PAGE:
IDEAS home Printed from
MyIDEAS: Log in (now much improved!) to save this paper

Responsible Sovereign Lending And Borrowing

Listed author(s):
  • Lee C. Buchheit
  • G. Mitu Gulati
Registered author(s):

    There are three reasons for attempting to reach a common understanding of the responsibilities of sovereign borrowers and their lenders. First, the flow of capital to sovereign debtors is exceptionally important to the world economy. Industrialized countries rely on it to finance their budget deficits, these days to a breathtaking extent. Developing countries need it to develop. Misbehaviour, either by the sovereign debtors or by the creditors, destabilizes this key component of the international financial system, making credit less available and more costly. Second, sovereign finance is uniquely unforgiving of mistakes. Unlike corporate or personal debtors, sovereigns do not have access to a formal bankruptcy process in which insupportable liabilities can be adjusted according to pre-established rules. From a legal standpoint, sovereign debts are therefore ineradicable absent the consent and cooperation of the creditors. Unfortunately, the process by which that consent and cooperation must be sought – sovereign debt restructuring – remains unpredictable and disorderly. Third, the human cost of prodigal sovereign borrowing, reckless sovereign lending or incompetent sovereign debt restructuring is incalculable. Perusing a major international newspaper on any day of any year is all that is required to make good this proposition. A consensus about the responsibilities of sovereign borrowers and lenders, together with improvements in the way in which sovereign loans are planned, executed, documented and, when necessary, restructured, will directly affect the lives of most of the people that live on this planet.

    If you experience problems downloading a file, check if you have the proper application to view it first. In case of further problems read the IDEAS help page. Note that these files are not on the IDEAS site. Please be patient as the files may be large.

    File URL:
    Download Restriction: no

    Paper provided by United Nations Conference on Trade and Development in its series UNCTAD Discussion Papers with number 198.

    in new window

    Date of creation: 2010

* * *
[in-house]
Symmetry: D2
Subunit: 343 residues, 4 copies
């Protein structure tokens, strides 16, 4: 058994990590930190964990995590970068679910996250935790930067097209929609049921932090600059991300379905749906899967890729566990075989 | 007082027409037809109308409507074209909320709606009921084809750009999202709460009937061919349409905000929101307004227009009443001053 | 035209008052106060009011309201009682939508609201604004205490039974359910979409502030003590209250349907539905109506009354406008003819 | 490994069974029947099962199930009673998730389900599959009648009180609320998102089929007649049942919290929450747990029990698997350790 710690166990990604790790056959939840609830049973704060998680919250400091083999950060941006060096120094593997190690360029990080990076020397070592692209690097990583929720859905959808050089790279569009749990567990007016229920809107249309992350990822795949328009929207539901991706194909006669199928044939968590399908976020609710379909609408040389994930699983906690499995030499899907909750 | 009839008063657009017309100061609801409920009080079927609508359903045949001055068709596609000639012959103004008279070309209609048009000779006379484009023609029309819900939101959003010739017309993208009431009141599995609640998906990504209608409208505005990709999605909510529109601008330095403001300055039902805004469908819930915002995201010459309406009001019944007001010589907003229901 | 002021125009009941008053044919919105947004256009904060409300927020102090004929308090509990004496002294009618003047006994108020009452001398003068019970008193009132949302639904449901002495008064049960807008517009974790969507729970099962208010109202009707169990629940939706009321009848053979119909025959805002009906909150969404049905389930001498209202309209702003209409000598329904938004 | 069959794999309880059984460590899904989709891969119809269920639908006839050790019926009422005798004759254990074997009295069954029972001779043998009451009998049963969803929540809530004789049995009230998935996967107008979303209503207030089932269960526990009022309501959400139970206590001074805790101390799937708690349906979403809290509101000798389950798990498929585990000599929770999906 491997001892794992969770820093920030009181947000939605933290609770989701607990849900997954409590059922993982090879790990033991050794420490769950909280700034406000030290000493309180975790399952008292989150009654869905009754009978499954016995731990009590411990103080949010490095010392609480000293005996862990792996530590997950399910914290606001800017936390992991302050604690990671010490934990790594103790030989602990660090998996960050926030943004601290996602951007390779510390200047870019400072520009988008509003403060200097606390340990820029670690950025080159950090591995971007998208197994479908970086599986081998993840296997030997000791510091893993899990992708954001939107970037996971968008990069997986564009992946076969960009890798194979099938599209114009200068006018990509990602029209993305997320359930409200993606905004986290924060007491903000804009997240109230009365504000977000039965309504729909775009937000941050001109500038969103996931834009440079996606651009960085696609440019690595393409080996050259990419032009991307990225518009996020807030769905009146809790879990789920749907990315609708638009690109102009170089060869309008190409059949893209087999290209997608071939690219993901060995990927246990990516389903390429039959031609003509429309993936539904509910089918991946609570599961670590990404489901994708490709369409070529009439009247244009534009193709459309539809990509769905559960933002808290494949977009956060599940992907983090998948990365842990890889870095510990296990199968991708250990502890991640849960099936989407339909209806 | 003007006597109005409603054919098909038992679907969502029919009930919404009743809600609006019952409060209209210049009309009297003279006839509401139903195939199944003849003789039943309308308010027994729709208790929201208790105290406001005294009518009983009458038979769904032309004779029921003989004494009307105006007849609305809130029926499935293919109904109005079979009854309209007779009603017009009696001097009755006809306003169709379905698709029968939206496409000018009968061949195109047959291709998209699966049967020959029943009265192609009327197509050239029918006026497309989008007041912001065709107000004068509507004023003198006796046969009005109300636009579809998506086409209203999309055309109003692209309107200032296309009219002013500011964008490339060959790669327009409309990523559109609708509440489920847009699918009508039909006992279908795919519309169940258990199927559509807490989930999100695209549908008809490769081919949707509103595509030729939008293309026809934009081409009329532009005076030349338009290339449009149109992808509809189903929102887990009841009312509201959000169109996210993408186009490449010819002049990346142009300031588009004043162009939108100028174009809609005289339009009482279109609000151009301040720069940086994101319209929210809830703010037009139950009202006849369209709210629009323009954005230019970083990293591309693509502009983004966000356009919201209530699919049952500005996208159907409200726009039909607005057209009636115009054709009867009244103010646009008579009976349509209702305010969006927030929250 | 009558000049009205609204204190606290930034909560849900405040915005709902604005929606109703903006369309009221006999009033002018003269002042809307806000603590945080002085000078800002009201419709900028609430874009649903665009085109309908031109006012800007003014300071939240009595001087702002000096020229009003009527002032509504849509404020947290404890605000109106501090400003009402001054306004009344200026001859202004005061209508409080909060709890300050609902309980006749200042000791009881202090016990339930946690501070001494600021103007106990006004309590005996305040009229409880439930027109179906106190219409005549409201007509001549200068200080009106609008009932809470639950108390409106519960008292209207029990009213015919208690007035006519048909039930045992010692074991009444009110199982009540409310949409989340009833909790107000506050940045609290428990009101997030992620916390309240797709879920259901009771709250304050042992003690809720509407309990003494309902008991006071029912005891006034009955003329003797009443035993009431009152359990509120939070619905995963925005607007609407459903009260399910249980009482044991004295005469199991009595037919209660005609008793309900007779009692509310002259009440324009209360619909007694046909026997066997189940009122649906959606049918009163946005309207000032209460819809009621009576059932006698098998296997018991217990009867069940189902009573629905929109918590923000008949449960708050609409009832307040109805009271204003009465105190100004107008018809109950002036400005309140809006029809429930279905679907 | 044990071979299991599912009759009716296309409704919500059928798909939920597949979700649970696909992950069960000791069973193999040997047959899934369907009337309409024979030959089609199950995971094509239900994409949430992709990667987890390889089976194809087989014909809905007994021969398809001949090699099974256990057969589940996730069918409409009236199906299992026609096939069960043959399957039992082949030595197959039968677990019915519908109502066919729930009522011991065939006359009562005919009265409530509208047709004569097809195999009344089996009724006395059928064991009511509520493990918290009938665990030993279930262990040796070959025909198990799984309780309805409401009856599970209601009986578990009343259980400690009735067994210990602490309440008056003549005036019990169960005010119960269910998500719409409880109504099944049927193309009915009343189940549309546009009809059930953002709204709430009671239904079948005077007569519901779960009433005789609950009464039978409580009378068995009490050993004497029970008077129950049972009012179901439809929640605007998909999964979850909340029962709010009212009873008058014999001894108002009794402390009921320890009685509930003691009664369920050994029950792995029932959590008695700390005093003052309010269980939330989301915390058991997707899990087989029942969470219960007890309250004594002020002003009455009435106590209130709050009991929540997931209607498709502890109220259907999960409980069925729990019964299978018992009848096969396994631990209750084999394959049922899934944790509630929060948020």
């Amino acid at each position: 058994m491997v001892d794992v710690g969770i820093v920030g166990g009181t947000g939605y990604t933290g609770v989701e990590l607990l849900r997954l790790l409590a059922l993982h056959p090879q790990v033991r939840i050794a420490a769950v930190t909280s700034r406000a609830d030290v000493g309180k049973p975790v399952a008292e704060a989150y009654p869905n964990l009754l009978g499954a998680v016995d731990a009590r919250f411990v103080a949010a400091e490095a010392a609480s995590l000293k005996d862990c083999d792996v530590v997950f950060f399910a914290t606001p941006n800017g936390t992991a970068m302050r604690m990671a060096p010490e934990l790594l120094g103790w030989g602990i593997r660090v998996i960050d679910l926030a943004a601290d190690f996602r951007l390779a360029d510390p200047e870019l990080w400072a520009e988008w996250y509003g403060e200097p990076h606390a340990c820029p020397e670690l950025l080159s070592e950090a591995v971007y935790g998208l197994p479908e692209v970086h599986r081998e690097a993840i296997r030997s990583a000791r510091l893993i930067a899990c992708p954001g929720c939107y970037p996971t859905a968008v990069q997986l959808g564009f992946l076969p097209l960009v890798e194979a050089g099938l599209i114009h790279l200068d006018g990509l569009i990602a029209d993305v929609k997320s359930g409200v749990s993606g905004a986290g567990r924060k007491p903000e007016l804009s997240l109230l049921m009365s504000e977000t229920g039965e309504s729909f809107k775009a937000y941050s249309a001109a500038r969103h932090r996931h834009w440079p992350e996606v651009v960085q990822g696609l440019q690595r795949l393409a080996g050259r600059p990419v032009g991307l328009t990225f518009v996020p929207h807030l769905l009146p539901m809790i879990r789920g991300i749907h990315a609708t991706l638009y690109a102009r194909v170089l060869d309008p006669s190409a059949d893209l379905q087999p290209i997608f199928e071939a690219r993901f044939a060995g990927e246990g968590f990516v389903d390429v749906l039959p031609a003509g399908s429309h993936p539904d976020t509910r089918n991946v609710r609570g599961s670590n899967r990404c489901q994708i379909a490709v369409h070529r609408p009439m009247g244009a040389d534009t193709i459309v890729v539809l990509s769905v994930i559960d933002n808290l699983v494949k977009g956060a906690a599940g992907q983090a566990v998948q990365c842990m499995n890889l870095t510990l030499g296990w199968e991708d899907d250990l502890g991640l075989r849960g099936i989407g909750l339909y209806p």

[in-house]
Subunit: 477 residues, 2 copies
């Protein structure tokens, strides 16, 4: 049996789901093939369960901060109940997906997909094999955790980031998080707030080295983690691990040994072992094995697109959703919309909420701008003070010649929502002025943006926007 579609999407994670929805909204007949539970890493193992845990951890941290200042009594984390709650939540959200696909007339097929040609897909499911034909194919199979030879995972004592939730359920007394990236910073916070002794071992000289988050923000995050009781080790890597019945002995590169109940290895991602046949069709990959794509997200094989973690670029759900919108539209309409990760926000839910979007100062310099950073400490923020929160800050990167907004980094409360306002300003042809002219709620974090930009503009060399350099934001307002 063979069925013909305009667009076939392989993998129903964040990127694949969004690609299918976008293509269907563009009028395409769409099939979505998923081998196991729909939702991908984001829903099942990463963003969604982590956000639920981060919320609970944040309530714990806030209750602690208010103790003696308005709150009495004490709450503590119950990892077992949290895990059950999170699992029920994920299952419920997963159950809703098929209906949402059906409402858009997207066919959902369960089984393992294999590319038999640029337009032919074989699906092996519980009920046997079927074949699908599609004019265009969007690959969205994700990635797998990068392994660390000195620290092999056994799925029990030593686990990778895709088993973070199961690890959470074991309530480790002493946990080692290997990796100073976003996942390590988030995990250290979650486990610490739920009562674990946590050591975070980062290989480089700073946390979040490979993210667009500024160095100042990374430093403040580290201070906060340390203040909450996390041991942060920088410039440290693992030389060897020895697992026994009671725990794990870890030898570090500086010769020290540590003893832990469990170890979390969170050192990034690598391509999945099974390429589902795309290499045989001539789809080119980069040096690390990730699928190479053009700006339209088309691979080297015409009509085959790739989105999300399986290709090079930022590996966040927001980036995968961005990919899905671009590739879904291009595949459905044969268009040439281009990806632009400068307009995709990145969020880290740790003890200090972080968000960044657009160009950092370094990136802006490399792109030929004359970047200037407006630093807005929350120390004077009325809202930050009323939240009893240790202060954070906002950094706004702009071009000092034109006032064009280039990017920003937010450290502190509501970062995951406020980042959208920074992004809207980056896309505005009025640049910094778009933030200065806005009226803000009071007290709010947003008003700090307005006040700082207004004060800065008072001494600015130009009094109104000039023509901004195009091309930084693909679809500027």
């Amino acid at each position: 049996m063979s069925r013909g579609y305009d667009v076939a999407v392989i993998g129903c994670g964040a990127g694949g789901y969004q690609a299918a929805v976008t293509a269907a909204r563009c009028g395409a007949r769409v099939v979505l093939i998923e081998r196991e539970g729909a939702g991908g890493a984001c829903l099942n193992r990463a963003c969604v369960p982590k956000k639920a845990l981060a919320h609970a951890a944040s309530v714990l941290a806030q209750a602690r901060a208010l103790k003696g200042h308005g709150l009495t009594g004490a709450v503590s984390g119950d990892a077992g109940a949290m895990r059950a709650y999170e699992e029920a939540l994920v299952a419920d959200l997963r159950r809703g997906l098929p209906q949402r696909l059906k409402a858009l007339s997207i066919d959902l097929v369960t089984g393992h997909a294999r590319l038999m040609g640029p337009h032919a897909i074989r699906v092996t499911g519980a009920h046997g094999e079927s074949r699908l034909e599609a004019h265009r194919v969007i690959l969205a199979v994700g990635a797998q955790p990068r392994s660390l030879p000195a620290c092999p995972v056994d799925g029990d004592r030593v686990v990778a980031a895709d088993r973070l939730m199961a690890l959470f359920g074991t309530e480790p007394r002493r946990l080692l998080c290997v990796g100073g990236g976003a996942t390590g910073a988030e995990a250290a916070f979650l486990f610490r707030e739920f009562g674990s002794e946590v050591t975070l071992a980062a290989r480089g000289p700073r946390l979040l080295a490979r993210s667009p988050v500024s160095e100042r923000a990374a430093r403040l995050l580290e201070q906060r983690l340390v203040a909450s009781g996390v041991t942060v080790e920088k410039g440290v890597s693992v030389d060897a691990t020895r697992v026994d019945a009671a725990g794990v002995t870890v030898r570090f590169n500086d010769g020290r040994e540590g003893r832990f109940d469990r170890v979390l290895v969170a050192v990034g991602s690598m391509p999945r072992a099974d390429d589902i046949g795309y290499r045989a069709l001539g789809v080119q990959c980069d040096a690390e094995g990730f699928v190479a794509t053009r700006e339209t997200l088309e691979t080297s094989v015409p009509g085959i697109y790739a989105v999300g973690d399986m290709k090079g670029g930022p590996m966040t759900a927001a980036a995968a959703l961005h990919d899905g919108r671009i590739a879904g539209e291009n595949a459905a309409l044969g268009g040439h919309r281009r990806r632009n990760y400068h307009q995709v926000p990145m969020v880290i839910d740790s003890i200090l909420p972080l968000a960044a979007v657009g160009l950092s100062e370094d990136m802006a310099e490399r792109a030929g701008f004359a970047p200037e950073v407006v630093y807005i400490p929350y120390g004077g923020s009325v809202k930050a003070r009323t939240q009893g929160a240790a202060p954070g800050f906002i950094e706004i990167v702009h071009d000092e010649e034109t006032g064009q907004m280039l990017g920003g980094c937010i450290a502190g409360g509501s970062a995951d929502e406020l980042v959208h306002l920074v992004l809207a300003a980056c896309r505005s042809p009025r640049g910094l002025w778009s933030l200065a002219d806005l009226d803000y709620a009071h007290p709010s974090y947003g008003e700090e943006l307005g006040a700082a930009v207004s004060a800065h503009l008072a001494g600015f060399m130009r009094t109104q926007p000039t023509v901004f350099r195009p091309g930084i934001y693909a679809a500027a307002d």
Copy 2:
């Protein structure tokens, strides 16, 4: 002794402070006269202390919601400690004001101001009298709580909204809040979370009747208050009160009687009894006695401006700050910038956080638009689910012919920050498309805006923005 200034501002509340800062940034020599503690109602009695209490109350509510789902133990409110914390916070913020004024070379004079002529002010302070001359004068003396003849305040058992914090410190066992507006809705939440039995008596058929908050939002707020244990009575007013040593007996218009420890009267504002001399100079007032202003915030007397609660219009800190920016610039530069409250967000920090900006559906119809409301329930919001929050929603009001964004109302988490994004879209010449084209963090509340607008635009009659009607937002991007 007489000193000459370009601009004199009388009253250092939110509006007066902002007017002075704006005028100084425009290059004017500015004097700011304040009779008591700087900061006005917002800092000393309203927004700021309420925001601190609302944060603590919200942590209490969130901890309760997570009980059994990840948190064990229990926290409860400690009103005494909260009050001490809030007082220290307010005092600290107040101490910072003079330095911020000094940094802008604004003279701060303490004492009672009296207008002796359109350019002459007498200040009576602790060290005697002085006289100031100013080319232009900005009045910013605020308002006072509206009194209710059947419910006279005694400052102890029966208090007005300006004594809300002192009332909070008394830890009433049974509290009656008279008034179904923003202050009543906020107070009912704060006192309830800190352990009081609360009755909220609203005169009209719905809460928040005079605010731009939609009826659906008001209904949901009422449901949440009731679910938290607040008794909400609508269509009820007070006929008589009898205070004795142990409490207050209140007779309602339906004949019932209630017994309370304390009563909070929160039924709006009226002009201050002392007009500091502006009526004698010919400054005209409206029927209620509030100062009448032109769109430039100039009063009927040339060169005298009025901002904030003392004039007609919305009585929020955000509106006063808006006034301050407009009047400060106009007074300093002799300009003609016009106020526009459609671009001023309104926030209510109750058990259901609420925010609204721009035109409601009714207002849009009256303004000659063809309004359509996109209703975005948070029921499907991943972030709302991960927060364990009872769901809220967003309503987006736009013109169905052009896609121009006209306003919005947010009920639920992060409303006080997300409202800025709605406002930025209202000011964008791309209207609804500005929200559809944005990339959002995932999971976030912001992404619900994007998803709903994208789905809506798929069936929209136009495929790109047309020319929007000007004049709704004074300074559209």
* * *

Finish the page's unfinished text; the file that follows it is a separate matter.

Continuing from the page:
Handle: RePEc:unc:dispap:198
    Contact details of provider: Postal:
    Palais des Nations, CH - 1211 Geneva 10

    Phone: +41 22 907 12 34
    Fax: +41 22 907 00 43
    Web page:

    More information through EDIRC

    No references listed on IDEAS
    You can help add them by filling out this form.

    This item is not listed on Wikipedia, on a reading list or among the top items on IDEAS.

    When requesting a correction, please mention this item's handle: RePEc:unc:dispap:198. See general information about how to correct material in RePEc.

    For technical questions regarding this item, or to correct its authors, title, abstract, bibliographic or download information, contact: (Joerg Mayer)

    If you have authored this item and are not yet registered with RePEc, we encourage you to do it here. This allows to link your profile to this item. It also allows you to accept potential citations to this item that we are uncertain about.

    If references are entirely missing, you can add them using this form.

    If the full references list an item that is present in RePEc, but the system did not link to it, you can help with this form.

    If you know of missing items citing this one, you can help us creating those links by adding the relevant references in the same way as above, for each refering item. If you are a registered author of this item, you may also want to check the "citations" tab in your profile, as there may be some citations waiting for confirmation.

    Please note that corrections may take a couple of weeks to filter through the various RePEc services.

    This information is provided to you by IDEAS at the Research Division of the Federal Reserve Bank of St. Louis using RePEc data.